Osmosis Jones is an energetic, imaginative, and inventive film in ways different from other Farrelly films (Dumb and Dumber, There's Something About Mary) but yet retaining their trademark low-brow stamp.
The primary protagonists in the film are Frank (Bill Murray) and his body, the latter seen as an organic city complete with a police force (representing the immune system) and a mayor (in charge of the brain). Frank is a total slob who abuses his body, not heeding the admonitions of Shane (Elena Franklin), his daughter. His body feels her pain: maintenance must be performed regularly and heck, a local mafia consisting of fungal cells has taken root in his armpit.
In the spotlight in Frank (the city) is Osmosis Jones (Chris Rock), a white blood cell, who is over-eager and consequently ends up in sticky situations that make him highly unpopular. When Frank eats an egg that has fallen to the ground (after he takes it away from the mouth of a monkey), a deadly virus, Thrax (Lawrence Fishburne), enters his body with the goal of killing Frank in record time. It's up to Osmosis Jones to stop Thrax before Frank is destroyed. Not only does Jones have to contend with Thrax, he also has to deal with a corrupt mayor (William Shatner) who has let Frank go to waste. Assisting him is a newly arrived cough pill, Drix (David Hyde Pierce), who goes beyond the call of duty (I'd kill for such side effects).
Murray is hilarious and does the job of a slob really well. Elena Franklin is also pretty good, without being overly cute. The voices, which are key to making any animation work, are done well.
From a scientific perspective, Osmosis Jones has the problem that the human body (nor a virus) does not behave like a monolith. The brain doesn't control the rest of the body any more than the anus does. I don't expect scientific accuracy necessarily, but I make this point to illustrate the top-down flawed nature of human thinking: to perceive everything in terms of categories and hierarchies (hey, so this movie did have some pseudointellectual content for me).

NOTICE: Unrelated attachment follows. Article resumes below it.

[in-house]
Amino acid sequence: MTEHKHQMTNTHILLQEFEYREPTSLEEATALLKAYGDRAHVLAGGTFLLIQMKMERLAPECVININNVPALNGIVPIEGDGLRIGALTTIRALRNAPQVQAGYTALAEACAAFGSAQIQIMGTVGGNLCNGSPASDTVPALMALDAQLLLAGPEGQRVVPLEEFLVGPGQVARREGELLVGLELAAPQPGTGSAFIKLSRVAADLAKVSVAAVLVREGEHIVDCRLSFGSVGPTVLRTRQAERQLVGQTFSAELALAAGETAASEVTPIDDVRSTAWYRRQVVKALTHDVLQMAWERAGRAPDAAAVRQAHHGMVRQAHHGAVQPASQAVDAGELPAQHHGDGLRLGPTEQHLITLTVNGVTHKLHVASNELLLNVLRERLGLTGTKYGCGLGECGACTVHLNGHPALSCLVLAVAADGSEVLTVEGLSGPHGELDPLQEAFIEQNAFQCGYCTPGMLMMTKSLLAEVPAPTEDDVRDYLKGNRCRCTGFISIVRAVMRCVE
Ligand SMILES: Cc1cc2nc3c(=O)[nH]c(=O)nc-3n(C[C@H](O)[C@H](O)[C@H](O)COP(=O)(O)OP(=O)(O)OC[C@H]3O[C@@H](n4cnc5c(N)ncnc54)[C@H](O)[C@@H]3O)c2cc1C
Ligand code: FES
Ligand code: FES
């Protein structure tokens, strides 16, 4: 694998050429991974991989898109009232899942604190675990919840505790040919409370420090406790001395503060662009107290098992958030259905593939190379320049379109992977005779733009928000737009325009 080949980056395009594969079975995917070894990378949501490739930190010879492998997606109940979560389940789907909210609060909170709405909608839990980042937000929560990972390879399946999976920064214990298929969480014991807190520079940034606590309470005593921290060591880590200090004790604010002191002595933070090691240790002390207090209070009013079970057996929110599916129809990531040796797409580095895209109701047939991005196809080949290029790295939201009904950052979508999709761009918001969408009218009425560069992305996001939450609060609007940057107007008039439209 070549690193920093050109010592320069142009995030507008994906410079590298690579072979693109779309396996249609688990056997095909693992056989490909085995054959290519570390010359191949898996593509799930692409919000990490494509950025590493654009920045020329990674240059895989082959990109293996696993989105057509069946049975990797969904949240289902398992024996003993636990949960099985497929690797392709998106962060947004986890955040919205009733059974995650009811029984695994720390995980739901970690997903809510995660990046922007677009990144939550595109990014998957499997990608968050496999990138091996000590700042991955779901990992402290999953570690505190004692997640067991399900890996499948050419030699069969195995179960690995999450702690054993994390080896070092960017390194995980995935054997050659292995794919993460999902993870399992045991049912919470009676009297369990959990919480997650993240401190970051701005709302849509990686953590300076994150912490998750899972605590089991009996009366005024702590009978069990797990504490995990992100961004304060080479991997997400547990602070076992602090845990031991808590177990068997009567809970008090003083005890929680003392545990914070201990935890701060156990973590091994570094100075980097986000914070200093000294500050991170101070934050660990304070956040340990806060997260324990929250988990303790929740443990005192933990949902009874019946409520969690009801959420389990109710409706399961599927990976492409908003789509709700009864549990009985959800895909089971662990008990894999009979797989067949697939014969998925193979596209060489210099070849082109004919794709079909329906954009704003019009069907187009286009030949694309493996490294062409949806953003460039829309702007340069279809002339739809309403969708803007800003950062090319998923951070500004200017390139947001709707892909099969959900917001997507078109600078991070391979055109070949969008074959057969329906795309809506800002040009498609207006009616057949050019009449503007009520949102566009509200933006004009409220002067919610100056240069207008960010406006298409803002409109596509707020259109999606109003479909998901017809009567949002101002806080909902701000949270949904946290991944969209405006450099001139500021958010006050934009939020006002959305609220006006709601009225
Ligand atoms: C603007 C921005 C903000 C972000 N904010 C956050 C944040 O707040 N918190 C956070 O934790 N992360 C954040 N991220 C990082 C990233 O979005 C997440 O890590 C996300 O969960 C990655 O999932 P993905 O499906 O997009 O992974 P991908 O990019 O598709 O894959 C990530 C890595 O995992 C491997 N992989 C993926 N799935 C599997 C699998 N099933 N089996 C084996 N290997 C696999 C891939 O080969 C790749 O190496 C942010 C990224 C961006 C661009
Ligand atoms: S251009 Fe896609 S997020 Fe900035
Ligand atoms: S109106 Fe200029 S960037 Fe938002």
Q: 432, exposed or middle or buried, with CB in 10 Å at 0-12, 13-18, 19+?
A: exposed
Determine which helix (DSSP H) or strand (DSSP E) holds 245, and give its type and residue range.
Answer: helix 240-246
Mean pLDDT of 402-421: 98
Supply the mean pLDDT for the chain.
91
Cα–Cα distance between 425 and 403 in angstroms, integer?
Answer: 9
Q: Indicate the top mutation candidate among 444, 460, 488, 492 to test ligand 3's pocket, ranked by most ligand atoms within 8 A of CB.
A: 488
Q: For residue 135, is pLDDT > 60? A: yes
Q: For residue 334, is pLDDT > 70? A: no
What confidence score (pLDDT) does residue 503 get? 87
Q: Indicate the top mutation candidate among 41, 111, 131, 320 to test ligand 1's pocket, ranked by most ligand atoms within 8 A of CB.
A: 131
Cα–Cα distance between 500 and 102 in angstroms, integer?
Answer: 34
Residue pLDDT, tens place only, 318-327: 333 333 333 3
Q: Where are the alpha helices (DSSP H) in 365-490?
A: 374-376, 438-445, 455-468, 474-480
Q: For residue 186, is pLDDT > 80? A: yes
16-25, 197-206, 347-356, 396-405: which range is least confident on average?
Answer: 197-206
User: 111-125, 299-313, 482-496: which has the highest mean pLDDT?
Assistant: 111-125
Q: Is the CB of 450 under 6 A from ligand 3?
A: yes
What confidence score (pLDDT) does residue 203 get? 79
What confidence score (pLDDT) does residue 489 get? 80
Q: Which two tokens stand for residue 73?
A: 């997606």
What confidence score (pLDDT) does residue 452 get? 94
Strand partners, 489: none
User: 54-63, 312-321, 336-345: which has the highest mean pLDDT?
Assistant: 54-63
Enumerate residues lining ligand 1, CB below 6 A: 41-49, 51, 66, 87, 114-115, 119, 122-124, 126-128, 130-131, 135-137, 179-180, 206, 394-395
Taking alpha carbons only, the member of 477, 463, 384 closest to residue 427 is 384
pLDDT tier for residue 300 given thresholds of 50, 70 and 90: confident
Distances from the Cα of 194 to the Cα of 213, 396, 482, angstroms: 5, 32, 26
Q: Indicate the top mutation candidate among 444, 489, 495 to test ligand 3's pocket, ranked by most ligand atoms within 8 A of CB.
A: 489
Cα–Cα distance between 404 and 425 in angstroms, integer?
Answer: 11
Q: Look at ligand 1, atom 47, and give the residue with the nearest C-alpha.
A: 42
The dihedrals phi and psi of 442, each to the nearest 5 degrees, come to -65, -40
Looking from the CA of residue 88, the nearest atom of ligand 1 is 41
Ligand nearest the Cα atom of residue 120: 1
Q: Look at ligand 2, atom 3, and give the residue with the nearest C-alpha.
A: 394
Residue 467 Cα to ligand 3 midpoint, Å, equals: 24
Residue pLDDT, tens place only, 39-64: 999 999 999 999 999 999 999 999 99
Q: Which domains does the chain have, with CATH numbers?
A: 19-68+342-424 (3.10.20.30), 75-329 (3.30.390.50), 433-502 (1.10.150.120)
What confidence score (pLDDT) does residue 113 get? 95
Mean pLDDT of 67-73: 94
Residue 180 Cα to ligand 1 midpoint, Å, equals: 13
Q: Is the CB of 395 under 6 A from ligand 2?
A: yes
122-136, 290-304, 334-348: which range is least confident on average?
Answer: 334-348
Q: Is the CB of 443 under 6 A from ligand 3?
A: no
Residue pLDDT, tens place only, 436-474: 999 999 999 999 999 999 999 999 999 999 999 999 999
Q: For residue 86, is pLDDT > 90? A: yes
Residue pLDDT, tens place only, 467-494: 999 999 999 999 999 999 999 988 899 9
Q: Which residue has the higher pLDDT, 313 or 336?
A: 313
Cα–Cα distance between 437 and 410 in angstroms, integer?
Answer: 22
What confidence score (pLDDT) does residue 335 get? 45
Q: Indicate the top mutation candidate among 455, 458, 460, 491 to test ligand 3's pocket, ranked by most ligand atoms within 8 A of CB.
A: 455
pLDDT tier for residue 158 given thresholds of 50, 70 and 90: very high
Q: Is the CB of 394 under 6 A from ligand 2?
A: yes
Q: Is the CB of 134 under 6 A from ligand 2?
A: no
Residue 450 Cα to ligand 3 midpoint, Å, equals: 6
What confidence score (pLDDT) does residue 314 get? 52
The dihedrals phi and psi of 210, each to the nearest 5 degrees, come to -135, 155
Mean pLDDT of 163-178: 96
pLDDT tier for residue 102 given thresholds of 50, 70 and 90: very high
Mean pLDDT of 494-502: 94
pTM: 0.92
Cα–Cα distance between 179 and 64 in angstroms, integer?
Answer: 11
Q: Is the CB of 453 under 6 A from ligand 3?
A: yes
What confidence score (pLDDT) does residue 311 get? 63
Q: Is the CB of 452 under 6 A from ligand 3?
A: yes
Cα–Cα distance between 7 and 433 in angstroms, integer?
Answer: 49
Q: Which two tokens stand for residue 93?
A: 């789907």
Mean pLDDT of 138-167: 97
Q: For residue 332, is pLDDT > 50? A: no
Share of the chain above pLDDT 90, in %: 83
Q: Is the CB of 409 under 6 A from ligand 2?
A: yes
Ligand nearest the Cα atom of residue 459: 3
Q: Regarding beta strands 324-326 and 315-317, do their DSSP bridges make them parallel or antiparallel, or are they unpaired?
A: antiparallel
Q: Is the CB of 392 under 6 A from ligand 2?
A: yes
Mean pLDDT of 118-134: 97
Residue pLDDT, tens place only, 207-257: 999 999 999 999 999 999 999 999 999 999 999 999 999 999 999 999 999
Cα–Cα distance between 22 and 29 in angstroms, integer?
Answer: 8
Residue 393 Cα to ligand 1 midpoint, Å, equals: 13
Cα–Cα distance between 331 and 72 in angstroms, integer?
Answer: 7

Aside from that, the movie is very clever in the way it portrays the internal workings of the body. It was amusing to note that a zit pulses and hurts because there's a party going on inside. There's a lot of groan (or vomit, if you prefer) inducing scenes, but most of it has to do with Frank's antics rather than what happens in his body (since it's all animation, it never gets that gross). By the way, there's another The Matrix reference.
The best and funniest scenes in the film involve Frank's inelegant ejection of a two-week old oyster eaten by him, prompted by Osmosis Jones' vigilance against an antigen (this is shown as a flash back). This is gag typical of the Farrelly brothers, who generally are inventive about how far they will go to gross you out. However, Osmosis Jones as a film is more interesting for its imaginative depiction of the internal workings of the human body. I recommend catching it on the big screen.